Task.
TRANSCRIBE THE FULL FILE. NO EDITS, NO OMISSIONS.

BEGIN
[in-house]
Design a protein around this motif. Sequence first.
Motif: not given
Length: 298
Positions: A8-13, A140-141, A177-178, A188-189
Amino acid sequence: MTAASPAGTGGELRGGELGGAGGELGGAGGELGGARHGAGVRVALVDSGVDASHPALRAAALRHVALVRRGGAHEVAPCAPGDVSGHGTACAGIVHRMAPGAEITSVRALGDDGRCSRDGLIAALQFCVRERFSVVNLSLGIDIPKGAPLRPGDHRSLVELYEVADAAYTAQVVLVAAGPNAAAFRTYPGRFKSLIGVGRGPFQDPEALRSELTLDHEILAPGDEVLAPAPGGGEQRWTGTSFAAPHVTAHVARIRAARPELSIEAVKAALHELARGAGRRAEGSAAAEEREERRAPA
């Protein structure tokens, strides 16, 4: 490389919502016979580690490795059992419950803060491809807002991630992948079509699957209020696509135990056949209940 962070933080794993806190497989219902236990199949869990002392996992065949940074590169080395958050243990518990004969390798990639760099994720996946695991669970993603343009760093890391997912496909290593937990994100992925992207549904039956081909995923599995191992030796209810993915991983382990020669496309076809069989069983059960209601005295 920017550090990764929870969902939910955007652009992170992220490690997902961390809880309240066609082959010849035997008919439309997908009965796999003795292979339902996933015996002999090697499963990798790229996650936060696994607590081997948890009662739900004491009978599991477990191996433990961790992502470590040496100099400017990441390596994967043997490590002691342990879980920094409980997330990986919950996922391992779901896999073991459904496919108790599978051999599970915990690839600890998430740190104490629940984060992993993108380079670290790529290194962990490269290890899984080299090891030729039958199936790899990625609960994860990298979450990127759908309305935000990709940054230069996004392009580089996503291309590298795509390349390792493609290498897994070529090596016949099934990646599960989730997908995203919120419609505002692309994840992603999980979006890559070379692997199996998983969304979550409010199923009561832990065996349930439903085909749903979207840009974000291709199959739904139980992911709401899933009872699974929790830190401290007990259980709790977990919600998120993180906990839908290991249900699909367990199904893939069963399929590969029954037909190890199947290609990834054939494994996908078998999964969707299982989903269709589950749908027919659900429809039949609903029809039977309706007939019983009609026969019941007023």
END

[in-house]
Design a protein around this motif. Sequence first.
Motif: not given
Length: 298
Positions: A8-13, A140-141, A177-178, A188-189
Amino acid sequence: MTAASPAGTGGELRGGELGGAGGELGGAGGELGGARHGAGVRVALVDSGVDASHPALRAAALRHVALVRRGGAHEVAPCAPGDVSGHGTACAGIVHRMAPGAEITSVRALGDDGRCSRDGLIAALQFCVRERFSVVNLSLGIDIPKGAPLRPGDHRSLVELYEVADAAYTAQVVLVAAGPNAAAFRTYPGRFKSLIGVGRGPFQDPEALRSELTLDHEILAPGDEVLAPAPGGGEQRWTGTSFAAPHVTAHVARIRAARPELSIEAVKAALHELARGAGRRAEGSAAAEEREERRAPA
């Protein structure tokens, strides 16, 4: 490389919502016979580690490795059992419950803060491809807002991630992948079509699957209020696509135990056949209940 962070933080794993806190497989219902236990199949869990002392996992065949940074590169080395958050243990518990004969390798990639760099994720996946695991669970993603343009760093890391997912496909290593937990994100992925992207549904039956081909995923599995191992030796209810993915991983382990020669496309076809069989069983059960209601005295 920017550090990764929870969902939910955007652009992170992220490690997902961390809880309240066609082959010849035997008919439309997908009965796999003795292979339902996933015996002999090697499963990798790229996650936060696994607590081997948890009662739900004491009978599991477990191996433990961790992502470590040496100099400017990441390596994967043997490590002691342990879980920094409980997330990986919950996922391992779901896999073991459904496919108790599978051999599970915990690839600890998430740190104490629940984060992993993108380079670290790529290194962990490269290890899984080299090891030729039958199936790899990625609960994860990298979450990127759908309305935000990709940054230069996004392009580089996503291309590298795509390349390792493609290498897994070529090596016949099934990646599960989730997908995203919120419609505002692309994840992603999980979006890559070379692997199996998983969304979550409010199923009561832990065996349930439903085909749903979207840009974000291709199959739904139980992911709401899933009872699974929790830190401290007990259980709790977990919600998120993180906990839908290991249900699909367990199904893939069963399929590969029954037909190890199947290609990834054939494994996908078998999964969707299982989903269709589950749908027919659900429809039949609903029809039977309706007939019983009609026969019941007023």